NEJM: More targeted CABG strategies needed to minimize stroke, cognitive decline
“Stroke continues to be a major complication of otherwise successful cardiac surgical procedures,” Ola A. Seines, PhD, of Johns Hopkins University School of Medicine in Baltimore, and colleagues wrote. “Prediction models for stroke have been available for some time, but individualized surgical-management strategies based on preoperative or perioperative screening have only recently become widely used in an effort to reduce this serious neurologic outcome. From the preoperative to the postoperative period, the care of patients undergoing CABG is still far from standardized.”
The authors reviewed the pathophysiology of these adverse outcomes and current and emerging strategies for improving outcomes. Factors associated with the risk of postoperative stroke include older age, a history of tobacco use, hypertension, diabetes and anemia, they noted. They suggested that in some cases the health of blood vessels in the neck, brain and surrounding the heart may play a role in postoperative neurologic complications.
They observed that randomized trials have found that off-pump CABG did not decrease the rate of postoperative stroke, while other nonrandomized trials showed off-pump surgery was associated with lower rates of early stroke but not delayed stroke.
“The mechanisms of stroke after on- and off-pump surgery may thus be slightly different,” Seines and colleagues wrote. “The finding that stroke rates are similar, however, supports the concept that patient-related factors, including arteriosclerotic burden, are more important predictors of the risk of stroke than is the type of surgery.”
Medical strategies for preventing postoperative stroke and adverse cognitive outcomes include prescribing statins and aspirin, but the use of statins is controversial, they wrote, as is the use of aspirin during surgery. Imaging modalities such as intraoperative epiaortic ultrasonography, duplex ultrasonography, near-infrared spectroscopy and transcranial Doppler are potentially helpful tools for guiding surgical and treatment decisions, but outcomes based on use of some of these techniques have not been assessed in randomized trials.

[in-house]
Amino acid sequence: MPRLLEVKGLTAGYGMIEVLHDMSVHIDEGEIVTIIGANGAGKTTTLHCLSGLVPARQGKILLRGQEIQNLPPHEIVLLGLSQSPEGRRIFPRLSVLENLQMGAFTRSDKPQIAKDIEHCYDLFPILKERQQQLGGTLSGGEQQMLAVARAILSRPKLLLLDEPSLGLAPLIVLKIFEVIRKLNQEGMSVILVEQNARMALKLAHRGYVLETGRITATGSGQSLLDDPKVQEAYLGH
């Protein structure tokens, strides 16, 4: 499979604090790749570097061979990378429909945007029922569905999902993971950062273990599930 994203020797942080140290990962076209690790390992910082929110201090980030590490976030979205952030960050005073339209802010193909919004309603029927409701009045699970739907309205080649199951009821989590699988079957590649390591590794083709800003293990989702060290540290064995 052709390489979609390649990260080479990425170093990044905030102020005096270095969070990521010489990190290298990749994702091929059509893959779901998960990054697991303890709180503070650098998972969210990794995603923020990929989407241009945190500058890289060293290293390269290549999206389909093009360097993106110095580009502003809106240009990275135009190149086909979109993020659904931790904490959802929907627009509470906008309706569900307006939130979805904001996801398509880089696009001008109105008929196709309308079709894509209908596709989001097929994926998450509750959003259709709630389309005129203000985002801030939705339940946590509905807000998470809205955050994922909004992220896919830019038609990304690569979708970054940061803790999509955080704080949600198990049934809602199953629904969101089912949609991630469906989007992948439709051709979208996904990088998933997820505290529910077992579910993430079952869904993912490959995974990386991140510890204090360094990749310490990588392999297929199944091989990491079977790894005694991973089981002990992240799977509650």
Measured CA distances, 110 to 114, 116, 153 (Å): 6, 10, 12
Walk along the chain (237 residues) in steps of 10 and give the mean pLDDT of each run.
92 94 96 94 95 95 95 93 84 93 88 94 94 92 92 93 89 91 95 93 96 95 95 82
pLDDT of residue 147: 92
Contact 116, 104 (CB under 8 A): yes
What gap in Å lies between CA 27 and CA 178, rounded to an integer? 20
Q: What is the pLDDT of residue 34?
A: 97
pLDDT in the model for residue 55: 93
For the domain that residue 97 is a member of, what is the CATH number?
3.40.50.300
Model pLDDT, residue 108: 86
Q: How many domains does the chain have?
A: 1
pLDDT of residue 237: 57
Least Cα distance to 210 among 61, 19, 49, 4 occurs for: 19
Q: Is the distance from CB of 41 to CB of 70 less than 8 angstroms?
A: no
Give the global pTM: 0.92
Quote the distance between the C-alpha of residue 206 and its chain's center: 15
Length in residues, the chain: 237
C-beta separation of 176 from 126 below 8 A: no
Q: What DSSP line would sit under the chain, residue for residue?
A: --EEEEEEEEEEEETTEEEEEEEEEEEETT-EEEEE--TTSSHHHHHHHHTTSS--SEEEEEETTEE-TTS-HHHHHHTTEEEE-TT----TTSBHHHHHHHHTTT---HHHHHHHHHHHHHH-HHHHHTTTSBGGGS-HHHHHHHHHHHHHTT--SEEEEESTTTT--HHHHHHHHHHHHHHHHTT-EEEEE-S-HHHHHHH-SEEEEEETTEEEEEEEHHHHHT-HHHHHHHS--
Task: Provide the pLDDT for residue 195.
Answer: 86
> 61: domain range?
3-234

Research has shown that many patients referred for CABG already have cognitive impairment which the authors proposed could be a surrogate marker of cardiovascular disease. “Because pre-existing, undiagnosed silent infarctions and small-vessel disease are risk factors for adverse neurologic outcomes, it has been proposed that preoperative cognitive testing may be a cost-efficient means of identifying high-risk patients.”
Additionally, the root of postoperative cognitive declines may lie in preoperative cerebrovascular disease rather than the CABG procedure, they wrote.
“Although the pathogenesis of adverse neurologic events after CABG is probably multifactorial, there is growing evidence that patient-related risk factors, such as the extent of pre-existing cerebrovascular and systemic vascular disease, have a greater effect on both short- and long-term neurologic sequelae than do procedural variables, such as on-pump versus off-pump surgery,” they concluded. “Therefore, the risk of postoperative stroke or cognitive decline should not be a factor in the choice of surgical therapy for coronary artery disease.”
Based on their review, they recommended that to potentially improve patients’ neurologic and cognitive outcomes, physicians:
- Preoperatively assess a patient’s known risk factors, including a history of anemia, cerebrovascular disease and infarcts;
- Preoperatively screen patients for cognitive impairments that may be the result of underlying cardiovascular or cerebrovascular disease; and
- Provide postoperative care to control modifiable risk factors for cerebrovascular disease, such as diet, exercise, blood pressure and cholesterol.